"This is an absolutely wonderful production of the magic flute - creative, unpretenetious, theatrical, with a true sense of fun. The production is given in a small 18th century theater with an orchestra of period instrumentalists led by Arnold Ostmann. This is not a slick powerhouse virtuoso performance, a la the Met. If you are interested primarily in the performance aspect - ie. technical ability, accuracy, intonation, etc., this might not be the peformance for you. I do not mean to suggest that the technical abilities of the performers are not up to the task - quite the contrary - but this is a production where the whole adds up to more than the sum of its parts. The orchestra is very good, with an attractively transparent and silvery sound. The three principals filling the roles of Tamino, Pamina and Papageno are all excellent. They each possess attractive voices, and just as importantly, there are each very good actors. This is not the kind of production where the singers stand like a log in the middle of the stage to deliver their arias. They are constantly active, always acting the part. Papageno, in particular, is a delight - one of the best I've ever seen.The queen of the night takes her arias VERY fast, faster then I've ever heard. She manages most of the high notes, but intonation is spotty in a few places. Vocally, it is passable, and the musical interpretation is rather idiosyncratic, but in terms of her appearance and acting she is wonderful - she gives off a subtly creepy vibe that is entirely appropriate to the role.The three ladies are well done, as are the three boys (sung by young women). Sarastro, Monostatos and Papagena are also very good indeed, especially Sarastro. Papageno's final duet with Papagena is absolutely delightful, and a highlight of the performance.Sound quality is okay though rather soft-grained - I found it useful to turn up the volume a bit higher than usual, after which everything came into focus, and the sound was actually quite good. Stereo only, however. Picture quality is not so good, unfortunately. Rather grainy, with less-than-ideal contrast between light and dark, and some serious streaking. However, I found that the musical and theatrical virtues of this production so far outweigh the problems with the picture quality, that it did not detract from my enjoyment in any way. Of the productions of Zauberflote available on DVD, I much preferred this DVD to the minimalist production available on Arthaus, led by Wolfgang Gonnenwien. While not a bad performance, it is totally outcharmed by this delightful production. I have not seen the entire Met DVD, but I have seen a few clips from it on a DG sampler, and found the slick, hard-driven sound of the orchestra not to my liking. Those looking for a gentler alternative would do well to check out this release. 5 stars."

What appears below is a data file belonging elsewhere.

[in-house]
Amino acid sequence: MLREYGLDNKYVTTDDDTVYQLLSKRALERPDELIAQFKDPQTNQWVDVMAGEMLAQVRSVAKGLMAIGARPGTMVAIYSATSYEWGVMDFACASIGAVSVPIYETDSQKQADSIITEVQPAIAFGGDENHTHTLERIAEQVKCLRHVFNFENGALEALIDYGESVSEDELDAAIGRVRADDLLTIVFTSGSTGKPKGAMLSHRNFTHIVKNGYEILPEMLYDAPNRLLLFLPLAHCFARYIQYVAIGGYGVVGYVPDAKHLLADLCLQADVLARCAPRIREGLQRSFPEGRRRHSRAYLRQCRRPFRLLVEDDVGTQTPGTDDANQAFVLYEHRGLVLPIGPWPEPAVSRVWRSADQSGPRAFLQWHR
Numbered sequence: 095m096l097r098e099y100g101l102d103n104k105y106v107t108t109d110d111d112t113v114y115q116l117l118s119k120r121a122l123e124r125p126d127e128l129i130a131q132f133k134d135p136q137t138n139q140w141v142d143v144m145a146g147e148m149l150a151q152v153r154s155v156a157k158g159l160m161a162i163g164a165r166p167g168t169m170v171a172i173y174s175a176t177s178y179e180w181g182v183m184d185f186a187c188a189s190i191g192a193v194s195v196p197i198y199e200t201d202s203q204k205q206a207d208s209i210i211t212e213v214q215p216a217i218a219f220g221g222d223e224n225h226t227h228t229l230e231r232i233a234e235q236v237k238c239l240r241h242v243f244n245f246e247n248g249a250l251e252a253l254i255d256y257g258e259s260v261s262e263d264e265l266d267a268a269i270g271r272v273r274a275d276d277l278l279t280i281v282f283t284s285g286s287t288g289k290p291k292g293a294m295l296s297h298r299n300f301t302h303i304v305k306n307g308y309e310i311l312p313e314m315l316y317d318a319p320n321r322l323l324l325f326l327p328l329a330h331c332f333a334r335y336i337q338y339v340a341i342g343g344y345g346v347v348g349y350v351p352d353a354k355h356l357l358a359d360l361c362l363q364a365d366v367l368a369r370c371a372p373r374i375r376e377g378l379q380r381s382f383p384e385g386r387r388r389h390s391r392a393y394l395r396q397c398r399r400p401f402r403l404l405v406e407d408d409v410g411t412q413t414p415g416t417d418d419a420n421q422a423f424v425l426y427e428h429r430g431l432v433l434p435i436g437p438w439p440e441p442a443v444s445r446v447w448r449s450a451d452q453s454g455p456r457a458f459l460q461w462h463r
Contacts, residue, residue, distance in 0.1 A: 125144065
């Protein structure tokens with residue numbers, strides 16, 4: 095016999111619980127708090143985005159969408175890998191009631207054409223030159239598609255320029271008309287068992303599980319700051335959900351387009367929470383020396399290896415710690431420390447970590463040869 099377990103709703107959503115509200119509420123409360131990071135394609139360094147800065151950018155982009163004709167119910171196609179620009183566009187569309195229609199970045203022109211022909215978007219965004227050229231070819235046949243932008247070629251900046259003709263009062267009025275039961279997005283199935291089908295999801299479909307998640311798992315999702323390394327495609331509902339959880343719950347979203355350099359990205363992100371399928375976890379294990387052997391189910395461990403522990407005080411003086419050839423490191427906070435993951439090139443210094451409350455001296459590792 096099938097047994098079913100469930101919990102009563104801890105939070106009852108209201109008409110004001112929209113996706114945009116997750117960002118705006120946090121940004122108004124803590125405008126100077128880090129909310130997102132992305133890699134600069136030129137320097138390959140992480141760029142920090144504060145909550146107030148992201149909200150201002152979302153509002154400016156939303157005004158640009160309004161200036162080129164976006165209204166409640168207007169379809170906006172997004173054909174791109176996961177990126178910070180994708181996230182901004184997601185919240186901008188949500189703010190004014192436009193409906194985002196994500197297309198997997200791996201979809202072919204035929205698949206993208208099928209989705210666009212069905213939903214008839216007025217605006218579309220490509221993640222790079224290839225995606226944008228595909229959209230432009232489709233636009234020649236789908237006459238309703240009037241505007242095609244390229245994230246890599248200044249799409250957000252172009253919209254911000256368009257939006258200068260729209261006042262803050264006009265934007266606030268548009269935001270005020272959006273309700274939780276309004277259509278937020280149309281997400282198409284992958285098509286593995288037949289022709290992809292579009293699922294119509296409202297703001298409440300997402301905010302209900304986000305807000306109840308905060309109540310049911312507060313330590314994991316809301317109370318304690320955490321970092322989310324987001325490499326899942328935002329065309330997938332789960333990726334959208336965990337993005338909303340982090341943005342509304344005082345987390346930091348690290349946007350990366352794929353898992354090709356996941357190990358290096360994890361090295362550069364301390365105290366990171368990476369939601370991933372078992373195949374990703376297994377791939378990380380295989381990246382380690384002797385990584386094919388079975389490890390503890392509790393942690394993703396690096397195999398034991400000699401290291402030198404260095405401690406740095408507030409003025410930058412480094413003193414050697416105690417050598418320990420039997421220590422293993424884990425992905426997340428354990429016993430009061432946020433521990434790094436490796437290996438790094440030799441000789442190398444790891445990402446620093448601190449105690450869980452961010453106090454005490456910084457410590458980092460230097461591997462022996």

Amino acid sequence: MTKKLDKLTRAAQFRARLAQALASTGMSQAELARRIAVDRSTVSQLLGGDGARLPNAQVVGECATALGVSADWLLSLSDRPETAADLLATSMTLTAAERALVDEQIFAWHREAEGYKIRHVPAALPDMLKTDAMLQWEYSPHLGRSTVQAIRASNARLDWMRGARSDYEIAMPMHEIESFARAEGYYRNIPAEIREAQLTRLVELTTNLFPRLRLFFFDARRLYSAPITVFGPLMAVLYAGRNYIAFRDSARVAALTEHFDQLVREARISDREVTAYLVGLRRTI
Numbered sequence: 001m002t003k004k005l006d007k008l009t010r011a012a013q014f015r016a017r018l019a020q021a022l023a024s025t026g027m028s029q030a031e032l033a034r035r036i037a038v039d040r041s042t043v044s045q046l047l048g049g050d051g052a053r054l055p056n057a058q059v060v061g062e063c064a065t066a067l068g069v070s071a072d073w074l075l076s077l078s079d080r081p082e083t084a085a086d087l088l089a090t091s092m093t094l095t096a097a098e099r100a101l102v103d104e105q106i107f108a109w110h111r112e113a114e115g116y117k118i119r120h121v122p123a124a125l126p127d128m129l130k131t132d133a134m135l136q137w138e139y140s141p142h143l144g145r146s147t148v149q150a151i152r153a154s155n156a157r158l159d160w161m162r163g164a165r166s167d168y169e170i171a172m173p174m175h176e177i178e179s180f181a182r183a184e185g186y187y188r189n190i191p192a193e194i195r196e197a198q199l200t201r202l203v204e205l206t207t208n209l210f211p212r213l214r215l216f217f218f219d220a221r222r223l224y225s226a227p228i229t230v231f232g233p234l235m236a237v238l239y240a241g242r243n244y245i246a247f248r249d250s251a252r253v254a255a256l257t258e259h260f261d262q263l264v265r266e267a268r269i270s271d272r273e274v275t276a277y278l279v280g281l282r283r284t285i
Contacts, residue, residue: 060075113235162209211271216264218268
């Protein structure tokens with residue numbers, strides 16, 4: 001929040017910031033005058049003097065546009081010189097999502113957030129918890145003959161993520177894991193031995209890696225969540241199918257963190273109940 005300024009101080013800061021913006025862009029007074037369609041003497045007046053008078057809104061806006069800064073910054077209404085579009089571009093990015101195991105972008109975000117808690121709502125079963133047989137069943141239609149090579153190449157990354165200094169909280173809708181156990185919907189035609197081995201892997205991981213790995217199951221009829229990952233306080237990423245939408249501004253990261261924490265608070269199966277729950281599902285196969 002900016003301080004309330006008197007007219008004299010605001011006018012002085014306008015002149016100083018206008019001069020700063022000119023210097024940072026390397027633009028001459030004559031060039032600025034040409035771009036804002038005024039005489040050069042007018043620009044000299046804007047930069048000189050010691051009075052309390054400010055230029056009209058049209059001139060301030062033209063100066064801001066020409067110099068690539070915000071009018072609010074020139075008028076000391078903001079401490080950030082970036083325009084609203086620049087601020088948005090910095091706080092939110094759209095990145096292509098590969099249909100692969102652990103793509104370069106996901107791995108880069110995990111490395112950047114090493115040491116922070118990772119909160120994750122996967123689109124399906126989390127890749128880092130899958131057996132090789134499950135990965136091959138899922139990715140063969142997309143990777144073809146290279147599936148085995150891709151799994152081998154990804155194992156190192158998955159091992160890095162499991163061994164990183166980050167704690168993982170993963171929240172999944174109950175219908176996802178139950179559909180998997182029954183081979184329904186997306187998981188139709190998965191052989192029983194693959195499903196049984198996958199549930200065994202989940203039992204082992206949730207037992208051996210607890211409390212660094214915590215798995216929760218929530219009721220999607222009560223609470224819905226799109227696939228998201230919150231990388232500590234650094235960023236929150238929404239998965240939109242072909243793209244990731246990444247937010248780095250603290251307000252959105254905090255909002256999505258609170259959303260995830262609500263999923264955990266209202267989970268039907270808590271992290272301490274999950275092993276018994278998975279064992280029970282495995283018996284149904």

It is just right!